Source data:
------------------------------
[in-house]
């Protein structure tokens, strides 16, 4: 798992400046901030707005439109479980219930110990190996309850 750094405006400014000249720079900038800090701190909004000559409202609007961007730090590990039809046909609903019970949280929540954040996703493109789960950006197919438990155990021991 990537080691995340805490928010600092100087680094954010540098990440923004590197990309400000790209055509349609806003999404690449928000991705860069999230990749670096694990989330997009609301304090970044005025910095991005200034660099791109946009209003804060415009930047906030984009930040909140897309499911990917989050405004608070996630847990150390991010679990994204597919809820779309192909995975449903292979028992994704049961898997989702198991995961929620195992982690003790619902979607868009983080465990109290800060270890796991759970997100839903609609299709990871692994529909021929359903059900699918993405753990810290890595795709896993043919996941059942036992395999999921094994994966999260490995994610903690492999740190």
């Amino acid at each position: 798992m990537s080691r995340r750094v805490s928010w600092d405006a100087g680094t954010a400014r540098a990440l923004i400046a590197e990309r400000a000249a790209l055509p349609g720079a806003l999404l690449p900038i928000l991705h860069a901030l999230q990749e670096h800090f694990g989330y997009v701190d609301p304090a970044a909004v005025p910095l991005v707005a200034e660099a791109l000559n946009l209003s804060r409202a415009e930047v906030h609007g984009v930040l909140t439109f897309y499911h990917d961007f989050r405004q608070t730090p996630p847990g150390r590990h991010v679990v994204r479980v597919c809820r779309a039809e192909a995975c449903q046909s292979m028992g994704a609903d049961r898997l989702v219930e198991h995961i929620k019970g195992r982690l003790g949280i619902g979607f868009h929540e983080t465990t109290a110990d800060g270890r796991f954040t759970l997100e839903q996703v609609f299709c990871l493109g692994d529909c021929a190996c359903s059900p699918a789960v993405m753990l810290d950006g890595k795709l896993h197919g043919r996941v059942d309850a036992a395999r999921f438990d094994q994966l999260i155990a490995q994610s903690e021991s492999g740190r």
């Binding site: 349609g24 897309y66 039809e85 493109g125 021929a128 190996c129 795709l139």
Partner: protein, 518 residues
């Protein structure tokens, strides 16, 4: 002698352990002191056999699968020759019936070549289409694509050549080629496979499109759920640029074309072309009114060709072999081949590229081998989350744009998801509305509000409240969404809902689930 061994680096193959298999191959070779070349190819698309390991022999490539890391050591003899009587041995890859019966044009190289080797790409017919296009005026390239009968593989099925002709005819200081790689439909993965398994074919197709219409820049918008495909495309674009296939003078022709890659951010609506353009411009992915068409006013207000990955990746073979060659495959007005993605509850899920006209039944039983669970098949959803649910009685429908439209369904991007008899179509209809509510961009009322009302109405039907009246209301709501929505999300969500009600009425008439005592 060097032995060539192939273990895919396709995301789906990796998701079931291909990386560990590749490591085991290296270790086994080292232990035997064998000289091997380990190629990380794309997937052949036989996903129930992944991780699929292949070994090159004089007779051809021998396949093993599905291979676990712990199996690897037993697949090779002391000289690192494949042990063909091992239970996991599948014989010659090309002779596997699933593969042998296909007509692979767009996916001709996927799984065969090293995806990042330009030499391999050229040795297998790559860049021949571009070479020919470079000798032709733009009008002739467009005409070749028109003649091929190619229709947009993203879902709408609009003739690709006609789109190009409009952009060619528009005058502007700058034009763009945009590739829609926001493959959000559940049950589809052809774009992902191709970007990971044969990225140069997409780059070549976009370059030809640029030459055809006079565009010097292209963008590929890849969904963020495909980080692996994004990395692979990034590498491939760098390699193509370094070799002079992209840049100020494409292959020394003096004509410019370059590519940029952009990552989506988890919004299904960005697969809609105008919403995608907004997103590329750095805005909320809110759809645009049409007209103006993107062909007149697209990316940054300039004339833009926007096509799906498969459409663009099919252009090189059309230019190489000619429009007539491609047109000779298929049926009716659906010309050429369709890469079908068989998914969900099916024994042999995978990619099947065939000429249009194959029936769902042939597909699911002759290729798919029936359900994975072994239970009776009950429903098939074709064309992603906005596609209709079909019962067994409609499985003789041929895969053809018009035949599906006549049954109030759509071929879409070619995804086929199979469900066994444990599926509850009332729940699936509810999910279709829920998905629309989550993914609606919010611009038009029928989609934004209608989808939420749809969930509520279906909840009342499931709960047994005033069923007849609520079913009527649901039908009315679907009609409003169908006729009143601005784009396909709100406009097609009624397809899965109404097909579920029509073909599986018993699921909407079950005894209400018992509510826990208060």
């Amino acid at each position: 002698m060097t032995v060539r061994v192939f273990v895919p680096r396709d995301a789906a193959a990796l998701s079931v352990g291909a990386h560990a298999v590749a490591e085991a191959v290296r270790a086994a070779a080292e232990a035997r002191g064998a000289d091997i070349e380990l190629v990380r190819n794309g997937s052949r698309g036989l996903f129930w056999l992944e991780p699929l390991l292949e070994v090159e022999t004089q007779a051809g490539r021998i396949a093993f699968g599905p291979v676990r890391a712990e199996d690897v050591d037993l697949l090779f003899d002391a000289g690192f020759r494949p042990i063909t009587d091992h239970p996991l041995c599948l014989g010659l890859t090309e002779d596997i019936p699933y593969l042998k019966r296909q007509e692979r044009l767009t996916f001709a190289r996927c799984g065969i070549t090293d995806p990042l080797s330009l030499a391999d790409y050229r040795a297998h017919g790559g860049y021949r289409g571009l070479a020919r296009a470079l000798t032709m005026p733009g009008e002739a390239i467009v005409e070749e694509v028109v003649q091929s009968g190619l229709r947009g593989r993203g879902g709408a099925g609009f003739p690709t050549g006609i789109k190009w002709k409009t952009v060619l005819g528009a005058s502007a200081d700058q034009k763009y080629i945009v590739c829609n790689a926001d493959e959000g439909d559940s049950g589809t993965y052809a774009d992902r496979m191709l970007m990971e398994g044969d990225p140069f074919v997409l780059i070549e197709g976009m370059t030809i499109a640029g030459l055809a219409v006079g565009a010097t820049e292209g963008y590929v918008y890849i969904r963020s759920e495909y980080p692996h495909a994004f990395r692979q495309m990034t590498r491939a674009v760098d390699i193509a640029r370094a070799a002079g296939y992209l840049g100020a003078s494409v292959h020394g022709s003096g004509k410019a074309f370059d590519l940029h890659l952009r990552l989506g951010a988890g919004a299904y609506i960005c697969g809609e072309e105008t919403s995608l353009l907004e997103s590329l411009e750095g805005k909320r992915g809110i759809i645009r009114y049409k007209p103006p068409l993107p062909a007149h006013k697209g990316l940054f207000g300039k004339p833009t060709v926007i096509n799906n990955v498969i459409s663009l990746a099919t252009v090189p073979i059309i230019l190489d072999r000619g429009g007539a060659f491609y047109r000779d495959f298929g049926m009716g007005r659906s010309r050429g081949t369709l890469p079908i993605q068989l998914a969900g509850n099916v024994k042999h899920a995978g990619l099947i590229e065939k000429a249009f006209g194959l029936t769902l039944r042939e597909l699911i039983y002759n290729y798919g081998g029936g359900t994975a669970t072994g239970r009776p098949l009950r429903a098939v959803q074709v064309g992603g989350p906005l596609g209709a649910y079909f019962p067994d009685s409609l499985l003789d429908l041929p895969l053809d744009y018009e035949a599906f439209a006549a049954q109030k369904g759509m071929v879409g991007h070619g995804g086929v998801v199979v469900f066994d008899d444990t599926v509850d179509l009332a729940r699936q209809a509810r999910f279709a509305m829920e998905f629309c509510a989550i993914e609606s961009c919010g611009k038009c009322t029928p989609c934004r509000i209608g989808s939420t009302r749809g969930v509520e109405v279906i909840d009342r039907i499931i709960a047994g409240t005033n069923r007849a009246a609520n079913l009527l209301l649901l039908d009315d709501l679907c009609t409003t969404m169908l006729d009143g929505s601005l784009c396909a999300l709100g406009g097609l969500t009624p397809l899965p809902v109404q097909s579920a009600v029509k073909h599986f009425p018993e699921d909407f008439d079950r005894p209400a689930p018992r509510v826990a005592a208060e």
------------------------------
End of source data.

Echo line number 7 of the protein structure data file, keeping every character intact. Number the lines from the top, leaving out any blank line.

């Amino acid at each position: 002698m060097t032995v060539r061994v192939f273990v895919p680096r396709d995301a789906a193959a990796l998701s079931v352990g291909a990386h560990a298999v590749a490591e085991a191959v290296r270790a086994a070779a080292e232990a035997r002191g064998a000289d091997i070349e380990l190629v990380r190819n794309g997937s052949r698309g036989l996903f129930w056999l992944e991780p699929l390991l292949e070994v090159e022999t004089q007779a051809g490539r021998i396949a093993f699968g599905p291979v676990r890391a712990e199996d690897v050591d037993l697949l090779f003899d002391a000289g690192f020759r494949p042990i063909t009587d091992h239970p996991l041995c599948l014989g010659l890859t090309e002779d596997i019936p699933y593969l042998k019966r296909q007509e692979r044009l767009t996916f001709a190289r996927c799984g065969i070549t090293d995806p990042l080797s330009l030499a391999d790409y050229r040795a297998h017919g790559g860049y021949r289409g571009l070479a020919r296009a470079l000798t032709m005026p733009g009008e002739a390239i467009v005409e070749e694509v028109v003649q091929s009968g190619l229709r947009g593989r993203g879902g709408a099925g609009f003739p690709t050549g006609i789109k190009w002709k409009t952009v060619l005819g528009a005058s502007a200081d700058q034009k763009y080629i945009v590739c829609n790689a926001d493959e959000g439909d559940s049950g589809t993965y052809a774009d992902r496979m191709l970007m990971e398994g044969d990225p140069f074919v997409l780059i070549e197709g976009m370059t030809i499109a640029g030459l055809a219409v006079g565009a010097t820049e292209g963008y590929v918008y890849i969904r963020s759920e495909y980080p692996h495909a994004f990395r692979q495309m990034t590498r491939a674009v760098d390699i193509a640029r370094a070799a002079g296939y992209l840049g100020a003078s494409v292959h020394g022709s003096g004509k410019a074309f370059d590519l940029h890659l952009r990552l989506g951010a988890g919004a299904y609506i960005c697969g809609e072309e105008t919403s995608l353009l907004e997103s590329l411009e750095g805005k909320r992915g809110i759809i645009r009114y049409k007209p103006p068409l993107p062909a007149h006013k697209g990316l940054f207000g300039k004339p833009t060709v926007i096509n799906n990955v498969i459409s663009l990746a099919t252009v090189p073979i059309i230019l190489d072999r000619g429009g007539a060659f491609y047109r000779d495959f298929g049926m009716g007005r659906s010309r050429g081949t369709l890469p079908i993605q068989l998914a969900g509850n099916v024994k042999h899920a995978g990619l099947i590229e065939k000429a249009f006209g194959l029936t769902l039944r042939e597909l699911i039983y002759n290729y798919g081998g029936g359900t994975a669970t072994g239970r009776p098949l009950r429903a098939v959803q074709v064309g992603g989350p906005l596609g209709a649910y079909f019962p067994d009685s409609l499985l003789d429908l041929p895969l053809d744009y018009e035949a599906f439209a006549a049954q109030k369904g759509m071929v879409g991007h070619g995804g086929v998801v199979v469900f066994d008899d444990t599926v509850d179509l009332a729940r699936q209809a509810r999910f279709a509305m829920e998905f629309c509510a989550i993914e609606s961009c919010g611009k038009c009322t029928p989609c934004r509000i209608g989808s939420t009302r749809g969930v509520e109405v279906i909840d009342r039907i499931i709960a047994g409240t005033n069923r007849a009246a609520n079913l009527l209301l649901l039908d009315d709501l679907c009609t409003t969404m169908l006729d009143g929505s601005l784009c396909a999300l709100g406009g097609l969500t009624p397809l899965p809902v109404q097909s579920a009600v029509k073909h599986f009425p018993e699921d909407f008439d079950r005894p209400a689930p018992r509510v826990a005592a208060e």